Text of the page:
“This is great. It’s an opportunity to some kids who are going through a rough time and their parents that I know personally are going through a rough time and have a chance for a little bit of a diversion and to meet guys, whether they were in the hospital or not, that would be heroes to them and take their mind off what they have to deal with on a daily basis,” he said. “It’s a small way that we can reach out.”
Meanwhile, Caroline visited with Dr. Wendy Grant, the surgeon who performed her procedure, and then joined the kids in the baseball game while taking some swings of her own.
Earlier this week she spent time helping at Nebraska Medicine’s vendor tent at the stadium, handing out towels and sunscreen while doing her own part to give back.
“She loves this place, she loves this city. It’s just been over the moon for her to be able to be involved in this whole process,” Matt Hogue said.
Aside from hoping the Chants would one day get to the College World Series, Matt Hogue said he never imagined he’d develop such a strong connection to the city of Omaha, but it was special to see some familiar faces at the hospital on Monday — and to bring some as well.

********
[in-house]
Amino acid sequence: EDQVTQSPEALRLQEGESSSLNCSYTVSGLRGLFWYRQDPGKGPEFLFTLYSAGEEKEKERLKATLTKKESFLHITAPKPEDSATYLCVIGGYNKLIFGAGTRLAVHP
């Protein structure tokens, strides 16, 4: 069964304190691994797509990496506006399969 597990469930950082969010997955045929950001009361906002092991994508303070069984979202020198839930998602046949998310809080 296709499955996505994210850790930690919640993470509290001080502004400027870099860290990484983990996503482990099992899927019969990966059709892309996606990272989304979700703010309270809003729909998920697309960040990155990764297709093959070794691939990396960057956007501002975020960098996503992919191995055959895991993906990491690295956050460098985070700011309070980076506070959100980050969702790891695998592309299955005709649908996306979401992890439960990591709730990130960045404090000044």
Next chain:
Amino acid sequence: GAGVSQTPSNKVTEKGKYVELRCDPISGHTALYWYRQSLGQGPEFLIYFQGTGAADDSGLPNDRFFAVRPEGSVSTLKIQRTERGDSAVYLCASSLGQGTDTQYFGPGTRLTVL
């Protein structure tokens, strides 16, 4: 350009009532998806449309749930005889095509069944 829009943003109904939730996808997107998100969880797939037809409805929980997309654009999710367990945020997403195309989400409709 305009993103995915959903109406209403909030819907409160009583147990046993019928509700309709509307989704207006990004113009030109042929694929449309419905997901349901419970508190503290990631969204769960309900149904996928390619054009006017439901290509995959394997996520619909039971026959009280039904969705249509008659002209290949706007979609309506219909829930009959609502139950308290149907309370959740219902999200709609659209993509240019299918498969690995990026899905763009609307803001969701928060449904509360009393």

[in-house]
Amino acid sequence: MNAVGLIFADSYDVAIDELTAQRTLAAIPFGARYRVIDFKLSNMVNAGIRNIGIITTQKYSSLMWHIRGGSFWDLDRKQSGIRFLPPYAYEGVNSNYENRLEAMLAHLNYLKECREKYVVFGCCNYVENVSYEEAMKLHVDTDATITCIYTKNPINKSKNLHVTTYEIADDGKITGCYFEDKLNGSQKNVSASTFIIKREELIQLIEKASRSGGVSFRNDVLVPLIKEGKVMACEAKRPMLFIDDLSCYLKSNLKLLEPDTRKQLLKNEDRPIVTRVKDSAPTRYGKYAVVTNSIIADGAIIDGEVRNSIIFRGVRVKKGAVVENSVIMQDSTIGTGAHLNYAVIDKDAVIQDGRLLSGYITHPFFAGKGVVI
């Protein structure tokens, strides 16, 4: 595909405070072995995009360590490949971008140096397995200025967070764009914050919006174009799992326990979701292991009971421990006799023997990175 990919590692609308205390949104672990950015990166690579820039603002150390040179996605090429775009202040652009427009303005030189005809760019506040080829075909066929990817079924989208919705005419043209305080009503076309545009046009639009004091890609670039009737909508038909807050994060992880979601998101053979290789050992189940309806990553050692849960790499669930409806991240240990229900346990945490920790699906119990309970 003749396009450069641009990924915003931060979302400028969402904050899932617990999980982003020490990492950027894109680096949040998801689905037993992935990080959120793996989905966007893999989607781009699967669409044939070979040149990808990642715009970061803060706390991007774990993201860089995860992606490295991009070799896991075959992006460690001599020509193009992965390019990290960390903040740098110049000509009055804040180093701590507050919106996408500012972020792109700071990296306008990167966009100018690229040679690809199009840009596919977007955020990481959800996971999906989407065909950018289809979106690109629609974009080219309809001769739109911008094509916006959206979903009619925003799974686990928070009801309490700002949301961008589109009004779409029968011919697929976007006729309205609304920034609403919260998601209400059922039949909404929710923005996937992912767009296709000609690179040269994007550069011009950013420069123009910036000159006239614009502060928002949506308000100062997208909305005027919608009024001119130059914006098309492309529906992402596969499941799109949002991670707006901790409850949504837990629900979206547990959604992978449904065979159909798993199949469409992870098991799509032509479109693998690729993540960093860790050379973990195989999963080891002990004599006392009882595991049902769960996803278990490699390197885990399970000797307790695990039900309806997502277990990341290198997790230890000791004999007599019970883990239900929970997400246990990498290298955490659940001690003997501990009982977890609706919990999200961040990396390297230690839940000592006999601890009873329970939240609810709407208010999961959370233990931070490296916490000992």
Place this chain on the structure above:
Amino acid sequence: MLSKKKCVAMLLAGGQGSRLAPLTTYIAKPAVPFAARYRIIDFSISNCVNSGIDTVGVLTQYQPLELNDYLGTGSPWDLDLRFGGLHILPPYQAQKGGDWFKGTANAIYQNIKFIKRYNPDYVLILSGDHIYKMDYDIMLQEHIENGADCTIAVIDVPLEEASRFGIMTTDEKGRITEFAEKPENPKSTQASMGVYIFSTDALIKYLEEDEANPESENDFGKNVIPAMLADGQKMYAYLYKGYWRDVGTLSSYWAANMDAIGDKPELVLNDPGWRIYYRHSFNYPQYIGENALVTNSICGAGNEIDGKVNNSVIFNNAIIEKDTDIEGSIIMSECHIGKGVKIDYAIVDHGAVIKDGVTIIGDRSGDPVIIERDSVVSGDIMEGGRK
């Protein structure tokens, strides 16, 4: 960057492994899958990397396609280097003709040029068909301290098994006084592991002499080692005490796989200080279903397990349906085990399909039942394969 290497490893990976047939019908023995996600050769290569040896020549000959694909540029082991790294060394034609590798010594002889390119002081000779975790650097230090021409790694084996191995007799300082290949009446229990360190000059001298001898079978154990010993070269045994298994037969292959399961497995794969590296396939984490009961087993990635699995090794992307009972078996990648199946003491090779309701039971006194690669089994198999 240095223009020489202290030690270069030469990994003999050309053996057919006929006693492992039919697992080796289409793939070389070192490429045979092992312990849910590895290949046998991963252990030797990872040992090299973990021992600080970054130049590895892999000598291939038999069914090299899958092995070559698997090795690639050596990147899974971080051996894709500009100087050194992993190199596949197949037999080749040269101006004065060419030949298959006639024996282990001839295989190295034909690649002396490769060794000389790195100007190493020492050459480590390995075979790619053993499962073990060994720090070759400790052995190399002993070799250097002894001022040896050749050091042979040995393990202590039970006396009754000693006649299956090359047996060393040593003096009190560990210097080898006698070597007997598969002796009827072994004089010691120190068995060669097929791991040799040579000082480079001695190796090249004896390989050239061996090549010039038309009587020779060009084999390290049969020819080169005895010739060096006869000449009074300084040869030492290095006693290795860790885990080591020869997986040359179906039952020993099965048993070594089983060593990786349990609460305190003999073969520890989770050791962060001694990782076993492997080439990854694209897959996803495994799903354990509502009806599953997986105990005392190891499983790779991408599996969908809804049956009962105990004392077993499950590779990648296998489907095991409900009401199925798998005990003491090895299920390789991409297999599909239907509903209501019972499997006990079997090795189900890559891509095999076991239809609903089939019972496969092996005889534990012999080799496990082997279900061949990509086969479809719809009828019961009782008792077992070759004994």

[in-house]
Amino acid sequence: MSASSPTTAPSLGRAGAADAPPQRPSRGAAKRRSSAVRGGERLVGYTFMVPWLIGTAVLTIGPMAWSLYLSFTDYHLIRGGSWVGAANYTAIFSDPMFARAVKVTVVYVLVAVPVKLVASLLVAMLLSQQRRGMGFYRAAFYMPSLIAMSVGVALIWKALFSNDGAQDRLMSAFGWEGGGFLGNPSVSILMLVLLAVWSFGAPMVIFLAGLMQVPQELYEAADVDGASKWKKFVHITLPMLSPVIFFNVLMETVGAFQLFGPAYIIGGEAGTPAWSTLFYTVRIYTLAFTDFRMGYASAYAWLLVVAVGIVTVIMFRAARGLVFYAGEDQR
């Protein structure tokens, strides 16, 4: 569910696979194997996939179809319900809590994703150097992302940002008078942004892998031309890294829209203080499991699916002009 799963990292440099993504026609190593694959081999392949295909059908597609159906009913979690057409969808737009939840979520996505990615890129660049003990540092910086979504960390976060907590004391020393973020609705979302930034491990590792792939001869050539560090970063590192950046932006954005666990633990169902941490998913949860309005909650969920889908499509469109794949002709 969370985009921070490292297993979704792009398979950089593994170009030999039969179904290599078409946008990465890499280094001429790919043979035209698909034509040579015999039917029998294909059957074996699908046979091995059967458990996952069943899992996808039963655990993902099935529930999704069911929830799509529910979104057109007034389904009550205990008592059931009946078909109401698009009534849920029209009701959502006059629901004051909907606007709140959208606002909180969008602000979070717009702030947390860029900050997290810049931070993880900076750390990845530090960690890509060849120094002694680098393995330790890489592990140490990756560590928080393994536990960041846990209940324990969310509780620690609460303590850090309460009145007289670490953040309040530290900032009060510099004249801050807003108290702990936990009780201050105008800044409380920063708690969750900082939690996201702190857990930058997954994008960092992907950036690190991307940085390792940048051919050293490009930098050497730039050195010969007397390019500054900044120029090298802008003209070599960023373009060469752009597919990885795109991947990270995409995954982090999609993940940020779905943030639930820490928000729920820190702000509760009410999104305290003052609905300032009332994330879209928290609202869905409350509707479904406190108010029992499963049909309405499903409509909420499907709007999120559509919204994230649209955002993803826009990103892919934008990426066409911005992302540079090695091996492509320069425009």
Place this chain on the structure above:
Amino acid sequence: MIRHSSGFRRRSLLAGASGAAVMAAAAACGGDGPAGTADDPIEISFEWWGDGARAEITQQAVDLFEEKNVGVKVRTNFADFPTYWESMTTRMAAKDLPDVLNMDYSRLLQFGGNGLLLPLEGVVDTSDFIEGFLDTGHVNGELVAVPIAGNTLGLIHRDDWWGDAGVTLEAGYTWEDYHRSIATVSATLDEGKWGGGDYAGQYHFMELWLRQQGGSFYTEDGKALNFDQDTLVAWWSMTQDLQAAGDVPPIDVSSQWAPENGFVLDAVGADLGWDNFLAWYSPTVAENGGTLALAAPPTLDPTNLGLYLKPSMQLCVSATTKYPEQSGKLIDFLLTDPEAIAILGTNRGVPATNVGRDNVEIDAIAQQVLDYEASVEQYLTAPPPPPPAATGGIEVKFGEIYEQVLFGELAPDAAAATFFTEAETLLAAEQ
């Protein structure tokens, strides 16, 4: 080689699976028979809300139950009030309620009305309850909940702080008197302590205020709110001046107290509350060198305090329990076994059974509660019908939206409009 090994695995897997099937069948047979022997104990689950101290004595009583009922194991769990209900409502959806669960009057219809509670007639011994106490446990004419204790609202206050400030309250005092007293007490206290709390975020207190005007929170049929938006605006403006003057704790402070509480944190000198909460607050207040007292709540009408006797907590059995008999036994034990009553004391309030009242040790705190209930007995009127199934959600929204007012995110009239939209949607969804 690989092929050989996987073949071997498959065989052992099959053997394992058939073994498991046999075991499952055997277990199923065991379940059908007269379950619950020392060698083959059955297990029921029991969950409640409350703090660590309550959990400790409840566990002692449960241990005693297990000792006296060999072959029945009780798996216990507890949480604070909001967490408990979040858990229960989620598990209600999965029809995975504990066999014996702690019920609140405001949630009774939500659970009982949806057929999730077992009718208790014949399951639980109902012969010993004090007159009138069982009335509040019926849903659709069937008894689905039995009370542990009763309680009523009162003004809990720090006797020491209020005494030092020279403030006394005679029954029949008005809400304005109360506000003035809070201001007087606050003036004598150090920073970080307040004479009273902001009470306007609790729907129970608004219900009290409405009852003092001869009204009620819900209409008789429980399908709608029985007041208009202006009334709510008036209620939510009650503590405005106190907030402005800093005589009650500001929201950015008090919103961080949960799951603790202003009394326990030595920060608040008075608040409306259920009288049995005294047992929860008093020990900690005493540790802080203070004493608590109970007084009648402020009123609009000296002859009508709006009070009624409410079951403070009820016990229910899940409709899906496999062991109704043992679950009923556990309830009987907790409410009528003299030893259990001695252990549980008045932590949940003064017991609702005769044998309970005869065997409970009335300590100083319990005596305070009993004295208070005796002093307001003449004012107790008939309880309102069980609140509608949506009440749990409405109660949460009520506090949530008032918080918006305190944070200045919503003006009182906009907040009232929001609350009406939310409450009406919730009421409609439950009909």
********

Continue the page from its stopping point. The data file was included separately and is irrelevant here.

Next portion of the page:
“It’s just one of those phenomenal stories,” he said. “We really had no connection to this area. We had a couple of really good friends here ironically, but other than the pursuit of baseball getting here we never dreamed in a million years we’d learn about transplants or anything like that or much less have it become a home away from home. She’s done incredibly well. She’s 10 years old now, so she’s nine years, almost 10 years past the transplant now. It was a miracle they provided us really and we can’t say enough about the extraordinary care and the serious medicine they’ve provided her.”